Turkeys converge on the Ohio National Show
In November of 2019 the American Poultry Association held its 146th Annual Meet, hosted by the Ohio Poultry Breeders in Columbus, Ohio. Year after year, the Ohio National is consistently the largest show in the country. This show was not only one of the largest ever held, with more than 8,500 entries, but it also hosted the first ever Turkey Extravaganza.
The event became the largest turkey show to be held in North America in recent memory. A total of 184 turkeys were exhibited, 131 in the open show and 53 in the junior show. All eight Standard Bred Turkey varieties were represented at this show.
In addition, there were also three non-standard varieties exhibited. They were the Chocolate, the Buff and the Sweet Grass.
Judging all those turkeys
The larger shows may see 20 or 25 turkeys in a normal year, so you can see that this was going to be a massive undertaking, judging over 180 turkeys. It turned out to be an all-day job for Jeff Halbach, the American Poultry Association licensed judge who was chosen to judge this class.
To help simplify the judging and to appeal to the crowd that was watching, the birds were bench-judged. This is when the turkeys are placed on a table in small groups of 4 or 5 birds. They are examined, scored, and then returned to their cages to wait for final judging.
This method is much easier on the judge, who is required to handle every entry.
The judge needs to hold and handle every bird, to assess its shape and type, the most important aspects being judged. The judge is looking for the strength and breadth of the back, the abdominal capacity of the body, and the heart girth, all of which reflect the health, vigor, longevity, and production of the bird.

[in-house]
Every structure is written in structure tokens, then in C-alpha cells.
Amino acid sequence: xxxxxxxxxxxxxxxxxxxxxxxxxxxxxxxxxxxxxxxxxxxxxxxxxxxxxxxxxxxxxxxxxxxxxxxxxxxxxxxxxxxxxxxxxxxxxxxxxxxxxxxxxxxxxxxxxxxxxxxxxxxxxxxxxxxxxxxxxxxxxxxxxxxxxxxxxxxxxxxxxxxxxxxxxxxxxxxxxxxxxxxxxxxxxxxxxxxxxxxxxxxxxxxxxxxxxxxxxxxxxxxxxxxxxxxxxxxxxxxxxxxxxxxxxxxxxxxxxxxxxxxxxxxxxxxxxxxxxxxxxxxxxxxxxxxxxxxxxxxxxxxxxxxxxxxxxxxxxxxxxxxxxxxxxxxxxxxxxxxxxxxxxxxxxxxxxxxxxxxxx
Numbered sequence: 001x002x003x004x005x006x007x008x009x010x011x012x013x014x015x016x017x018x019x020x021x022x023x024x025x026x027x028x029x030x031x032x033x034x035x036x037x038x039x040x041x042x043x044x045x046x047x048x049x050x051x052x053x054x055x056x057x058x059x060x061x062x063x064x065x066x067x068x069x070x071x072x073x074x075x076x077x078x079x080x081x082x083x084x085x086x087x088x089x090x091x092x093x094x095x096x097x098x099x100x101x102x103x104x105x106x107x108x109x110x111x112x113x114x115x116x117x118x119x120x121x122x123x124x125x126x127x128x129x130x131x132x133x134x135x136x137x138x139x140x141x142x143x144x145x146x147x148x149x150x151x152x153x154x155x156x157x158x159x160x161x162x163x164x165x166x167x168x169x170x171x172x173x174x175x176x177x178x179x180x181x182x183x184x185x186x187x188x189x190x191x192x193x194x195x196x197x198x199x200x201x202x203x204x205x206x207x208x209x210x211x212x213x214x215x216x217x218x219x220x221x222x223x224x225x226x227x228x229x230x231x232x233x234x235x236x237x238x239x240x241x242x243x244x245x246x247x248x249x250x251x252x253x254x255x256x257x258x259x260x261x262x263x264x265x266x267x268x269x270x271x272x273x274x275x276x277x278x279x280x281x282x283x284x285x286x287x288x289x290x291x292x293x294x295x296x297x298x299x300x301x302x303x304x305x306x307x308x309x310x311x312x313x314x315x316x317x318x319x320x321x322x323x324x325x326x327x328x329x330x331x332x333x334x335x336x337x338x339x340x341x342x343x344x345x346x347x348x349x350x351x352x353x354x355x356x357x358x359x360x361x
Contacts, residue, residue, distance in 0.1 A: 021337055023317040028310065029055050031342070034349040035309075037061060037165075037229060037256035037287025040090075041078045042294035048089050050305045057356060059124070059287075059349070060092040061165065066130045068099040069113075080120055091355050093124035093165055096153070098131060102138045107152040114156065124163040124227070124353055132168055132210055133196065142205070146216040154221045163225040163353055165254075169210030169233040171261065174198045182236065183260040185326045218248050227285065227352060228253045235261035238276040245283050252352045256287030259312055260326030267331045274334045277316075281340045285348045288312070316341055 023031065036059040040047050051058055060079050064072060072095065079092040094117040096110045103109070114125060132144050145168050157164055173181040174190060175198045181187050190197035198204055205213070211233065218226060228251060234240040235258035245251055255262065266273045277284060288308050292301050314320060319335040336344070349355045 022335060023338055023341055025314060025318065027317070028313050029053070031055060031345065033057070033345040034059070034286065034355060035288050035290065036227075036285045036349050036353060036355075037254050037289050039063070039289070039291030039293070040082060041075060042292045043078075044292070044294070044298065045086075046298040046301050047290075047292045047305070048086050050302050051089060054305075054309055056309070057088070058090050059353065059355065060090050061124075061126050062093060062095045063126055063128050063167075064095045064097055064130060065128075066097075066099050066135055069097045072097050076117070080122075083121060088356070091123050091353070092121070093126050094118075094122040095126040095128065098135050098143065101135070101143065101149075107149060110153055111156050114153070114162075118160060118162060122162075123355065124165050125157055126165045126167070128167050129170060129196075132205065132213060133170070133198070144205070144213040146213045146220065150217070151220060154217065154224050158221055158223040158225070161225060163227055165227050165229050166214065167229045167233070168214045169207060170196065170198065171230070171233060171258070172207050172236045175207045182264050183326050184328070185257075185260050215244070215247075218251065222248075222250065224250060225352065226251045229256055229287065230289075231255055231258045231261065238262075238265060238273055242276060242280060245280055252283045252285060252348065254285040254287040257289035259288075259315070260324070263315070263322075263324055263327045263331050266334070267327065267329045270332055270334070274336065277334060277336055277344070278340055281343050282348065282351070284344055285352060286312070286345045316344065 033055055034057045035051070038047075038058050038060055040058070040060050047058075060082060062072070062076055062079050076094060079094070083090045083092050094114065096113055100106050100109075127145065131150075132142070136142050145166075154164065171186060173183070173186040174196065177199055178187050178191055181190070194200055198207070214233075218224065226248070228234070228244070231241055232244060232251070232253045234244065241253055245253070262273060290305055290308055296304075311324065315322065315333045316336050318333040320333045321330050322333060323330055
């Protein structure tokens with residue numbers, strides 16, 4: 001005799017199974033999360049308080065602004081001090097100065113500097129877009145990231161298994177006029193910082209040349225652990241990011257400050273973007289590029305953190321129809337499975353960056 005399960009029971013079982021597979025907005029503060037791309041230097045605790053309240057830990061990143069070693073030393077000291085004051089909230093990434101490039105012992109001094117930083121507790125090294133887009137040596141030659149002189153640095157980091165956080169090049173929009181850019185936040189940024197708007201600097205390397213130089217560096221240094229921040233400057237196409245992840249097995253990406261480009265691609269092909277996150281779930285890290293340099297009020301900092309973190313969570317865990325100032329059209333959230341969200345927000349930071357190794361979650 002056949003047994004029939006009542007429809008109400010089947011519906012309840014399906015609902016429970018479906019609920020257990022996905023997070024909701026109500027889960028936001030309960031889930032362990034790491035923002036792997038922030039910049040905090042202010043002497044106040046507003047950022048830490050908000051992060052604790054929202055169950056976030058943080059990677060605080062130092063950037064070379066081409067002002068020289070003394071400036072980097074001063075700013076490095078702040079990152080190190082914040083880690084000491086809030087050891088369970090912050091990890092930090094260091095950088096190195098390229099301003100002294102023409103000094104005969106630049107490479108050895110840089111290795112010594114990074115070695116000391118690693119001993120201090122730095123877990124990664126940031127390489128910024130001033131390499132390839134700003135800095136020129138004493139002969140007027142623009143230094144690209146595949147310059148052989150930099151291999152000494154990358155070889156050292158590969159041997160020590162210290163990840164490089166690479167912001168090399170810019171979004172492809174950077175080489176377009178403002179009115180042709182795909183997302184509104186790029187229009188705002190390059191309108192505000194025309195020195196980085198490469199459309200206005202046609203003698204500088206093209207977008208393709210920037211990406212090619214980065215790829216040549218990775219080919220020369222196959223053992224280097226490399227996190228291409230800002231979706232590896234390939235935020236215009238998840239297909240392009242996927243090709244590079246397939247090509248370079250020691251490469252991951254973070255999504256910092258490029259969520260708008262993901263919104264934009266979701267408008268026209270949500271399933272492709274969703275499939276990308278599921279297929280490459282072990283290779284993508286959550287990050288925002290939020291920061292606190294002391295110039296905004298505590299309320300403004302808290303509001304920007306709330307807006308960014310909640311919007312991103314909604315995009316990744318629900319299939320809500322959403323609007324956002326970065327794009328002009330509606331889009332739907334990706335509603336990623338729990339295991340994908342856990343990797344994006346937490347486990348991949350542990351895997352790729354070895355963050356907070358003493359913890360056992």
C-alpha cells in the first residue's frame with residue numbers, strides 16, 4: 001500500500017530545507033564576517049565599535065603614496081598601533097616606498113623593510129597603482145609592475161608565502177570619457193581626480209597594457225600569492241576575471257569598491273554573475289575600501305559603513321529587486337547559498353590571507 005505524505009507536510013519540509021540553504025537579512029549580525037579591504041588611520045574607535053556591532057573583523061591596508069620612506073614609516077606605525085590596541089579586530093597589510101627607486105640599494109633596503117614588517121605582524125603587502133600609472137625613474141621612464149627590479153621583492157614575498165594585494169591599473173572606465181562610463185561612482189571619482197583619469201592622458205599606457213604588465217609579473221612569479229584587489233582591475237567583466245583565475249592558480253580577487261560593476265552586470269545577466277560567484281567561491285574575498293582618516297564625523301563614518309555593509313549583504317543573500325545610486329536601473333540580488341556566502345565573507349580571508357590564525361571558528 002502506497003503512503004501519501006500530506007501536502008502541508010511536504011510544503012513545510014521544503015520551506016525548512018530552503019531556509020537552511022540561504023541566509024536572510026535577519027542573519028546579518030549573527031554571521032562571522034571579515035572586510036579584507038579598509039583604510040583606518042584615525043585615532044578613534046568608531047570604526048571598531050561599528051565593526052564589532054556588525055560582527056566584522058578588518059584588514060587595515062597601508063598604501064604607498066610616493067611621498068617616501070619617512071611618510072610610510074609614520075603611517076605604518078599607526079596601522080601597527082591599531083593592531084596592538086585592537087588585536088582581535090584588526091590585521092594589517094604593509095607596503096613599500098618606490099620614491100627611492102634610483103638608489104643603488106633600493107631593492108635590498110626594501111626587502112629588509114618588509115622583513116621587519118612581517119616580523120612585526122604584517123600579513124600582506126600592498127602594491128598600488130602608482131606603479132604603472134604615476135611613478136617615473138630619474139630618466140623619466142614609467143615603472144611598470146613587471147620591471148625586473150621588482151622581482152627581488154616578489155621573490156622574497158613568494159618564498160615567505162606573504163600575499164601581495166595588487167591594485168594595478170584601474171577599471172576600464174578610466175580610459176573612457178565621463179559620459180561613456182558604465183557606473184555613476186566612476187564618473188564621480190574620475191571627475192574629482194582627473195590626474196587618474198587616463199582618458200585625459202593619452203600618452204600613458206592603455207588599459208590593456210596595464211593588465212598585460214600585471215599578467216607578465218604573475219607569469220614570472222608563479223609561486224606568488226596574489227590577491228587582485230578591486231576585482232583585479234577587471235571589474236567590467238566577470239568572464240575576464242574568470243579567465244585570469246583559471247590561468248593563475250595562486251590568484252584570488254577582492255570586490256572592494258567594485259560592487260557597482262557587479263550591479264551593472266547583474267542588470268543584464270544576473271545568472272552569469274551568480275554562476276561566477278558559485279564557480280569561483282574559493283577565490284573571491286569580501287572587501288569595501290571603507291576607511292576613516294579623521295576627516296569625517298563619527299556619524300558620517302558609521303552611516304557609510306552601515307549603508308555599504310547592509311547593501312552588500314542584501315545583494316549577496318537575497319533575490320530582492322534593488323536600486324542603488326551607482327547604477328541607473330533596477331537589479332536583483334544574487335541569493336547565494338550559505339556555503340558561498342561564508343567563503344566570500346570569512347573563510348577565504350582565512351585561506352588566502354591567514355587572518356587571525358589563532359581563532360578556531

Body conformation is important in turkeys. The judge is looking for a body that is broad, round and has a full breast. This conformation gives the tom turkey a naturally stately appearance. Legs and shanks must be large, straight and well set. The head needs to be a good size. The judge will look each turkey in the eye, expecting a bold expression. Hens are similar to toms, but smaller, with finer bones.
Feather color and condition are also judged, as well as the turkey’s symmetry and carriage. Every bird on exhibit showed Star Quality.
Bench judging also gives the judge the opportunity to discuss the turkeys as they are being judged. Very large crowds surrounded the bench for most of the day. Exhibitors and visitors were excited to see this colorful display of turkeys.
And the winners are:
After the bench judging, the turkeys are returned to their cages. They are then examined again and placed 1st through 5th.
A Best of Variety (BV) and a Reserve of Variety (RV) are then picked from the top birds in each variety. Once all the Standard Bred Varieties have been judged, all the BV’s will compete for Best of Breed and Reserve of Breed. These two birds are the Champion Turkey and Reserve Champion Turkey, the two best Turkeys in the show.
The Champion Turkey can then compete for Best of Show along with all the other top birds in each classification throughout the show.
There were some quality birds in all the classes, but the Narragansetts and the Blacks were by far the best in the showroom that day. There were 23 Blacks shown, with excellent type and conformation throughout.
One of the Black Toms, which was exhibited by Christopher McCary, went on to be the Best Turkey of the show. The Narragansetts were the second largest class, with 14 birds shown. They also had great type and very good color. Johnathan Woodward owned the best of variety Narragansett, a hen that was also the Reserve Turkey of the show.
The other variety that really stood out that day was the Chocolates. Even though they are a non-standard variety and thus ineligible to compete for Best Turkey, they were strong in numbers with great type and very even color. This outstanding showing of Chocolates will greatly help the group of breeders who are attempting to qualify this variety for inclusion into the Standard in the future.
Turkeys in the Standard
Turkeys have been included in the American Standard of Perfection, the guidebook for all breeders, exhibitors and judges of all Standard Bred poultry, since it was first published by the American Poultry Association in 1874.
Five varieties of Turkeys were included in that first edition: the Bronze, the Narragansett, the White Holland, the Black and the Slate. Currently there are eight varieties in the Standard. The Bourbon Red was added in 1909, the Beltsville Small White in 1951 and the Royal Palm in 1977.